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Conservatives aim to defeat immigration bill by stressing economy

The U.S. Senate's "Gang on Eight" are pictured during a news briefing on Capitol Hill in Washington, April 18, 2013. REUTERS/Jason Reed
The U.S. Senate's "Gang on Eight" are pictured during a news briefing on Capitol Hill in Washington, April 18, 2013. REUTERS/Jason Reed

By Caren Bohan

WASHINGTON (Reuters) - As a bipartisan Senate group worked over the past few months to assemble broad legislation to overhaul the U.S. immigration system, conservative critics of the effort kept a fairly low profile. That's about to change.

Critics of the bipartisan "Gang of Eight" immigration bill are gearing up for an intense fight to defeat the bill and they plan to put the economy at the center of their strategy.

The debate on Capitol Hill over the bill will kick off Friday with a hearing in the Senate Judiciary Committee. Conservatives held back until details of the legislation emerged and now intend to stir grassroots opposition through social media and talk radio among other lobbying efforts.

"Everything in this bill says we have a labor shortage. It's proposing adding millions more foreign workers over the next decade alone," said Roy Beck, head of NumbersUSA, a group that favors low immigration levels. "We have 20 million Americans who can't find a full-time job. It's as if the Gang of Eight lives in alternate universe."

Beck took aim at a provision that would allow many of the roughly 11 million undocumented immigrants to obtain provisional visas, giving them the right to live and work in the country for 13 years before becoming eligible for citizenship.

Many foes of the immigration bill view their most effective line of attack to be warnings about the costs of the legislation and its impact on an already weak U.S. labor market.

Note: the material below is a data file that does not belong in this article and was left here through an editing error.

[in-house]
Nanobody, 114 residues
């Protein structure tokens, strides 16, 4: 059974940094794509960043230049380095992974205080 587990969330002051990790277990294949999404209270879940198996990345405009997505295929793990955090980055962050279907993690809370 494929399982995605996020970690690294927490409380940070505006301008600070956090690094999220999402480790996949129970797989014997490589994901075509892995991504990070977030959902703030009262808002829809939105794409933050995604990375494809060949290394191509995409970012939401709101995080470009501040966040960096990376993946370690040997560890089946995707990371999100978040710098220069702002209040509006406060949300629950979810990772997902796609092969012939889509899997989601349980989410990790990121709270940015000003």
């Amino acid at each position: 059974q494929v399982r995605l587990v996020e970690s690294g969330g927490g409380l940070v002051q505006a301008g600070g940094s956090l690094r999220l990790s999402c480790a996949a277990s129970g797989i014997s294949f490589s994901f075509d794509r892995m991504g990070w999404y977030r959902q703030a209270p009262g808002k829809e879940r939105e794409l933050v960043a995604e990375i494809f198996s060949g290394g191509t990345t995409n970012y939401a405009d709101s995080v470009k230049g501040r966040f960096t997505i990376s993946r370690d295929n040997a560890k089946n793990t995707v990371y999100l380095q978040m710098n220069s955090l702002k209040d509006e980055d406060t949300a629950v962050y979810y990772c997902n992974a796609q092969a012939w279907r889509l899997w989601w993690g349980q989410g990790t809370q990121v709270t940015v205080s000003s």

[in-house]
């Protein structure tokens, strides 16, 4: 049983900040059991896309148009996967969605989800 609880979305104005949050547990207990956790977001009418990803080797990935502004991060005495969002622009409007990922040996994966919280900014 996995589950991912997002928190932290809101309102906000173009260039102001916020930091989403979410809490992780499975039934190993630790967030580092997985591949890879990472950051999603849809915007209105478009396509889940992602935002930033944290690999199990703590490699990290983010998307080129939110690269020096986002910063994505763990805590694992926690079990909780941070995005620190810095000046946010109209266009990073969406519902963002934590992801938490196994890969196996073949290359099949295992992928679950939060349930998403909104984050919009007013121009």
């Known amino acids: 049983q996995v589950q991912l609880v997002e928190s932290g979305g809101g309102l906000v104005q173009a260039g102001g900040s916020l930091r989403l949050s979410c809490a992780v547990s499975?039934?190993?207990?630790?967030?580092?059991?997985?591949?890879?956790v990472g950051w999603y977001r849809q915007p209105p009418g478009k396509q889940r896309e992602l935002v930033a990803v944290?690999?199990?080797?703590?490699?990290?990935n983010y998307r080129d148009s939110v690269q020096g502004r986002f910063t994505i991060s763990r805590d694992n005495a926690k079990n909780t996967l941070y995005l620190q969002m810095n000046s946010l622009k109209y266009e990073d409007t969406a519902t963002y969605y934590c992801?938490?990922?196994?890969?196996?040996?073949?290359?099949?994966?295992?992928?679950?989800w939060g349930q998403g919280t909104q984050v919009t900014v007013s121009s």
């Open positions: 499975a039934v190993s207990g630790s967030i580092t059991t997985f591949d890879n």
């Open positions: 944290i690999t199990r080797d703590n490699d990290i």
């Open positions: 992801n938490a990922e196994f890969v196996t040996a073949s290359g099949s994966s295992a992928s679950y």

Some activists and lawmakers have derided the bill as an amnesty for lawbreakers but by emphasizing the law enforcement argument, conservatives risk fueling a perception that they are anti-immigrant.

Republicans are also mindful of their party's low standing with Hispanic Americans and wary of stirring backlash with these voters.

The bill would establish new guest worker programs of low-skilled workers in farming, construction and other trades and increase the number of skilled workers who can obtain visas.

Former South Carolina Senator Jim DeMint, who now heads the conservative Heritage Foundation think tank, attacked the bill as "amnesty," adding that it would incur "significant costs" to taxpayers.

"At a time of trillion-dollar deficits and $17 trillion in debt, the cost of implementing amnesty and the strain it will add to already fragile entitlement and welfare programs should be of serious concern for everyone," DeMint said in a blog post on the Heritage Foundation web site.

The four Democrats and four Republicans who sponsored the bill formally began their effort to sell it at a news conference Thursday.

Under the Gang of Eight proposal, those who obtain provisional visas would not be eligible for most federal benefit programs, including welfare and assistance purchasing health insurance under the 2010 health reform law, until they receive green cards or citizenship.